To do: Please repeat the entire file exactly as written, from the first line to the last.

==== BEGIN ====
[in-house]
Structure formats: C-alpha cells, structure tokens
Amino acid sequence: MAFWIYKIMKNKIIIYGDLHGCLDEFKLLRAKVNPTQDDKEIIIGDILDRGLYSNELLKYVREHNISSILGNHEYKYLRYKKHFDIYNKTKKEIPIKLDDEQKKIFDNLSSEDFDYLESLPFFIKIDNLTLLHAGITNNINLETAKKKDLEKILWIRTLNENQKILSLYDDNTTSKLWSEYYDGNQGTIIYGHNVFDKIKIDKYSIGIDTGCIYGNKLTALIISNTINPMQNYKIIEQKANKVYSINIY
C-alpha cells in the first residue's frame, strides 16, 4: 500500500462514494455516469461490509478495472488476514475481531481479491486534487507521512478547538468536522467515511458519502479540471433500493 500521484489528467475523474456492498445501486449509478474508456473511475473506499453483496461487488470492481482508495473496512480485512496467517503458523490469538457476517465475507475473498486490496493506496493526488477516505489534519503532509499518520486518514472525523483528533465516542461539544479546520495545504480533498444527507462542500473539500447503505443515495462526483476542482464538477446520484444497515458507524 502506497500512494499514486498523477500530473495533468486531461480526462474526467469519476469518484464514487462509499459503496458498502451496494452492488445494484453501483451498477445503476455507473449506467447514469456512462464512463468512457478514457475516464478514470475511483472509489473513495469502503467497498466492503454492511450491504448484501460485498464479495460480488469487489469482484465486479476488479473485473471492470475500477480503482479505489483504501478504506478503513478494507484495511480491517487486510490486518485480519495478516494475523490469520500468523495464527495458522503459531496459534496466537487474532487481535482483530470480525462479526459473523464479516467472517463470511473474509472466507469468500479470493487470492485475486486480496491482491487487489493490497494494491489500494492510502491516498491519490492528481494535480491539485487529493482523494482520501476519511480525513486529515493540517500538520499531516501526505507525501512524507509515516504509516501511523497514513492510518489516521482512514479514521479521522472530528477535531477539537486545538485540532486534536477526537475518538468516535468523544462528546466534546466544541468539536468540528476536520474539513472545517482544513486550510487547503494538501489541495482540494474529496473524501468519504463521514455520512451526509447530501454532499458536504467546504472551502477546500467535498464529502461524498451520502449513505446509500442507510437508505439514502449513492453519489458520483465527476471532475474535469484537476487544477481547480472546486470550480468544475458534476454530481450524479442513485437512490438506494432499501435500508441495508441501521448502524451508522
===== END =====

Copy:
[in-house]
Structure formats: C-alpha cells, structure tokens
Amino acid sequence: MAFWIYKIMKNKIIIYGDLHGCLDEFKLLRAKVNPTQDDKEIIIGDILDRGLYSNELLKYVREHNISSILGNHEYKYLRYKKHFDIYNKTKKEIPIKLDDEQKKIFDNLSSEDFDYLESLPFFIKIDNLTLLHAGITNNINLETAKKKDLEKILWIRTLNENQKILSLYDDNTTSKLWSEYYDGNQGTIIYGHNVFDKIKIDKYSIGIDTGCIYGNKLTALIISNTINPMQNYKIIEQKANKVYSINIY
C-alpha cells in the first residue's frame, strides 16, 4: 500500500462514494455516469461490509478495472488476514475481531481479491486534487507521512478547538468536522467515511458519502479540471433500493 500521484489528467475523474456492498445501486449509478474508456473511475473506499453483496461487488470492481482508495473496512480485512496467517503458523490469538457476517465475507475473498486490496493506496493526488477516505489534519503532509499518520486518514472525523483528533465516542461539544479546520495545504480533498444527507462542500473539500447503505443515495462526483476542482464538477446520484444497515458507524 502506497500512494499514486498523477500530473495533468486531461480526462474526467469519476469518484464514487462509499459503496458498502451496494452492488445494484453501483451498477445503476455507473449506467447514469456512462464512463468512457478514457475516464478514470475511483472509489473513495469502503467497498466492503454492511450491504448484501460485498464479495460480488469487489469482484465486479476488479473485473471492470475500477480503482479505489483504501478504506478503513478494507484495511480491517487486510490486518485480519495478516494475523490469520500468523495464527495458522503459531496459534496466537487474532487481535482483530470480525462479526459473523464479516467472517463470511473474509472466507469468500479470493487470492485475486486480496491482491487487489493490497494494491489500494492510502491516498491519490492528481494535480491539485487529493482523494482520501476519511480525513486529515493540517500538520499531516501526505507525501512524507509515516504509516501511523497514513492510518489516521482512514479514521479521522472530528477535531477539537486545538485540532486534536477526537475518538468516535468523544462528546466534546466544541468539536468540528476536520474539513472545517482544513486550510487547503494538501489541495482540494474529496473524501468519504463521514455520512451526509447530501454532499458536504467546504472551502477546500467535498464529502461524498451520502449513505446509500442507510437508505439514502449513492453519489458520483465527476471532475474535469484537476487544477481547480472546486470550480468544475458534476454530481450524479442513485437512490438506494432499501435500508441495508441501521448502524451508522